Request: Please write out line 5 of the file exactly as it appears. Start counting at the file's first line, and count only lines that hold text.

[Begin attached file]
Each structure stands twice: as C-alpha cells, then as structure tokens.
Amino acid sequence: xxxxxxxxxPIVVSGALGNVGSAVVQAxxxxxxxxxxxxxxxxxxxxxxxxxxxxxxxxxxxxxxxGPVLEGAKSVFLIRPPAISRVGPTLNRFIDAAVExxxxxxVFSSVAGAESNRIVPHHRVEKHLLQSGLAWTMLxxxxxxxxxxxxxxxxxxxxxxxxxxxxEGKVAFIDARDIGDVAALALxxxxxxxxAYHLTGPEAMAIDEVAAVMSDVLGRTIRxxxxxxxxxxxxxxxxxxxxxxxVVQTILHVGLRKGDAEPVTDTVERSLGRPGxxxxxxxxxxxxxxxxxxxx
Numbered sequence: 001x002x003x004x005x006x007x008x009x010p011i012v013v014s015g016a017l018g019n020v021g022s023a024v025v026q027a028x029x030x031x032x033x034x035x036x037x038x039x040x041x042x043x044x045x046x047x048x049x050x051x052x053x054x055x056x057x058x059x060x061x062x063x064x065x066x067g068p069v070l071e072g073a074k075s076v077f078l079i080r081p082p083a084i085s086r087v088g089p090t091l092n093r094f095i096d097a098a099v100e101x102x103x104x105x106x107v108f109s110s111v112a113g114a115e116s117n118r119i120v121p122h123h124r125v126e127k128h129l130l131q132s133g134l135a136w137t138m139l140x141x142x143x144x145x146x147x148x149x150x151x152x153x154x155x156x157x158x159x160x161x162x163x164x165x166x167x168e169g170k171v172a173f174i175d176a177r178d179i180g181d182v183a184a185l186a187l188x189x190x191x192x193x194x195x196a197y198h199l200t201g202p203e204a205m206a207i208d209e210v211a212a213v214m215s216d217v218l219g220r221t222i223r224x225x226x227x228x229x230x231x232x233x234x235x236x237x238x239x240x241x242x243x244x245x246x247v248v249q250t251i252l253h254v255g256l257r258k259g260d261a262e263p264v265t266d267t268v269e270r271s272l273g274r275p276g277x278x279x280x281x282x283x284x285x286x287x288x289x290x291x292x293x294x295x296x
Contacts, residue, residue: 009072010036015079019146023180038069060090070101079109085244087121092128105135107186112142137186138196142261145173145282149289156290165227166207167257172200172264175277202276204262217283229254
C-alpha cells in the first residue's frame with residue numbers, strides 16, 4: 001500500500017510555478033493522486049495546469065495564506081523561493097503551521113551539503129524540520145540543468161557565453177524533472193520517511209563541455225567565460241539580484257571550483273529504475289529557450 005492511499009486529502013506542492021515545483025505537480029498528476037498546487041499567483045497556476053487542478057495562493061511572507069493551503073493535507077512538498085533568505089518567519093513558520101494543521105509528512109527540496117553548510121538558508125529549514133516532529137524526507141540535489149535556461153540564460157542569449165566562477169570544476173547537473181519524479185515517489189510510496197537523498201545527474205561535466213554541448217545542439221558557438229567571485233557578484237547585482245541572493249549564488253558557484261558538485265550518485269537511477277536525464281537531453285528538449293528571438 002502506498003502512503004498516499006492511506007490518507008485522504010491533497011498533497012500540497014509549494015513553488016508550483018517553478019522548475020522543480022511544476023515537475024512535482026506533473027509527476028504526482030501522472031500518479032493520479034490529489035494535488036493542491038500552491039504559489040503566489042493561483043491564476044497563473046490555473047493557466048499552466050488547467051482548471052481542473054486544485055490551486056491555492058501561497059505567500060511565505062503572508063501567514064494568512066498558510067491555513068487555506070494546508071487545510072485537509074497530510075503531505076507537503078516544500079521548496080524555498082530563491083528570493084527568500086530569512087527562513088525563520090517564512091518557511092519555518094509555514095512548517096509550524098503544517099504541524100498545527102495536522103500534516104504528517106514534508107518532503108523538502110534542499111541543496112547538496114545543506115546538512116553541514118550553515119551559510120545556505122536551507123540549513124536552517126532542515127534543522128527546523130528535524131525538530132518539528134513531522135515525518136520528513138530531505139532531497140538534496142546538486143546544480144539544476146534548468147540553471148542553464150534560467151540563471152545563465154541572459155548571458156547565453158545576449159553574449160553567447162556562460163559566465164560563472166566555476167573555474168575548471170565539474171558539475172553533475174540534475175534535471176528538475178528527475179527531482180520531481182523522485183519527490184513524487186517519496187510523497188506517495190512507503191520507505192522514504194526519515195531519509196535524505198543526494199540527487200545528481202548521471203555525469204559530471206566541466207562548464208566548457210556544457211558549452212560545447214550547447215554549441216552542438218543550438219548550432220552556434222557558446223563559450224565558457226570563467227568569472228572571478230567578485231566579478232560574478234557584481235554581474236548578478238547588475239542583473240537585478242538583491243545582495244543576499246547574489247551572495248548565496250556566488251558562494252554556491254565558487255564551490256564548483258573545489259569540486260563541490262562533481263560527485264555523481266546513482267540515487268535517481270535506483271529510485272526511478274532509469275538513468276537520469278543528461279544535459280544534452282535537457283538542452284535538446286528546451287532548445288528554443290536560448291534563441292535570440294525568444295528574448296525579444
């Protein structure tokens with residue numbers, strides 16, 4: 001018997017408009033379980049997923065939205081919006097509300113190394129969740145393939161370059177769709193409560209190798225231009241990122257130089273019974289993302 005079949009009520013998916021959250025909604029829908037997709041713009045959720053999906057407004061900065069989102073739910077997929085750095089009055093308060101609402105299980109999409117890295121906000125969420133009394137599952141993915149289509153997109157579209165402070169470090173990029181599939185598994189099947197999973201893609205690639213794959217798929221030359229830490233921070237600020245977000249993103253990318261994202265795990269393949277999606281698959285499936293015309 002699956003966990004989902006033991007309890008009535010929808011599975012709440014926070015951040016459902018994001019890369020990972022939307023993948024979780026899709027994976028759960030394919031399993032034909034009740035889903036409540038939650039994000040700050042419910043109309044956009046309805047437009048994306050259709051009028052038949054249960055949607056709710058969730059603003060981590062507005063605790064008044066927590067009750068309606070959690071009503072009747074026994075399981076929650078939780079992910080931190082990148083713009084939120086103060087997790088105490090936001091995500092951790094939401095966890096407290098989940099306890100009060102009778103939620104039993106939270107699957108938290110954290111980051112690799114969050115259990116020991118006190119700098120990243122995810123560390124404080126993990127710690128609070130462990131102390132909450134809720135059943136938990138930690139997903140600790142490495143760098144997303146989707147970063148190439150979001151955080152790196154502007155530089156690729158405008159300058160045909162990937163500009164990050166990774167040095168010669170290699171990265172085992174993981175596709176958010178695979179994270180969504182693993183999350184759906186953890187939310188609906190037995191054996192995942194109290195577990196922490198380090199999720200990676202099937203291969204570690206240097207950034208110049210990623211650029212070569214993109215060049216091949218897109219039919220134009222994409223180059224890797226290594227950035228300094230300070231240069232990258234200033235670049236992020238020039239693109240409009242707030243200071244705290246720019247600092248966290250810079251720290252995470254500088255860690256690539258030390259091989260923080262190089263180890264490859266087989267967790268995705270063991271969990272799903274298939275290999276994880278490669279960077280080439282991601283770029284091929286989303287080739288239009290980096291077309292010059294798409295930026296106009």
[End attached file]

C-alpha cells in the first residue's frame with residue numbers, strides 16, 4: 001500500500017510555478033493522486049495546469065495564506081523561493097503551521113551539503129524540520145540543468161557565453177524533472193520517511209563541455225567565460241539580484257571550483273529504475289529557450 005492511499009486529502013506542492021515545483025505537480029498528476037498546487041499567483045497556476053487542478057495562493061511572507069493551503073493535507077512538498085533568505089518567519093513558520101494543521105509528512109527540496117553548510121538558508125529549514133516532529137524526507141540535489149535556461153540564460157542569449165566562477169570544476173547537473181519524479185515517489189510510496197537523498201545527474205561535466213554541448217545542439221558557438229567571485233557578484237547585482245541572493249549564488253558557484261558538485265550518485269537511477277536525464281537531453285528538449293528571438 002502506498003502512503004498516499006492511506007490518507008485522504010491533497011498533497012500540497014509549494015513553488016508550483018517553478019522548475020522543480022511544476023515537475024512535482026506533473027509527476028504526482030501522472031500518479032493520479034490529489035494535488036493542491038500552491039504559489040503566489042493561483043491564476044497563473046490555473047493557466048499552466050488547467051482548471052481542473054486544485055490551486056491555492058501561497059505567500060511565505062503572508063501567514064494568512066498558510067491555513068487555506070494546508071487545510072485537509074497530510075503531505076507537503078516544500079521548496080524555498082530563491083528570493084527568500086530569512087527562513088525563520090517564512091518557511092519555518094509555514095512548517096509550524098503544517099504541524100498545527102495536522103500534516104504528517106514534508107518532503108523538502110534542499111541543496112547538496114545543506115546538512116553541514118550553515119551559510120545556505122536551507123540549513124536552517126532542515127534543522128527546523130528535524131525538530132518539528134513531522135515525518136520528513138530531505139532531497140538534496142546538486143546544480144539544476146534548468147540553471148542553464150534560467151540563471152545563465154541572459155548571458156547565453158545576449159553574449160553567447162556562460163559566465164560563472166566555476167573555474168575548471170565539474171558539475172553533475174540534475175534535471176528538475178528527475179527531482180520531481182523522485183519527490184513524487186517519496187510523497188506517495190512507503191520507505192522514504194526519515195531519509196535524505198543526494199540527487200545528481202548521471203555525469204559530471206566541466207562548464208566548457210556544457211558549452212560545447214550547447215554549441216552542438218543550438219548550432220552556434222557558446223563559450224565558457226570563467227568569472228572571478230567578485231566579478232560574478234557584481235554581474236548578478238547588475239542583473240537585478242538583491243545582495244543576499246547574489247551572495248548565496250556566488251558562494252554556491254565558487255564551490256564548483258573545489259569540486260563541490262562533481263560527485264555523481266546513482267540515487268535517481270535506483271529510485272526511478274532509469275538513468276537520469278543528461279544535459280544534452282535537457283538542452284535538446286528546451287532548445288528554443290536560448291534563441292535570440294525568444295528574448296525579444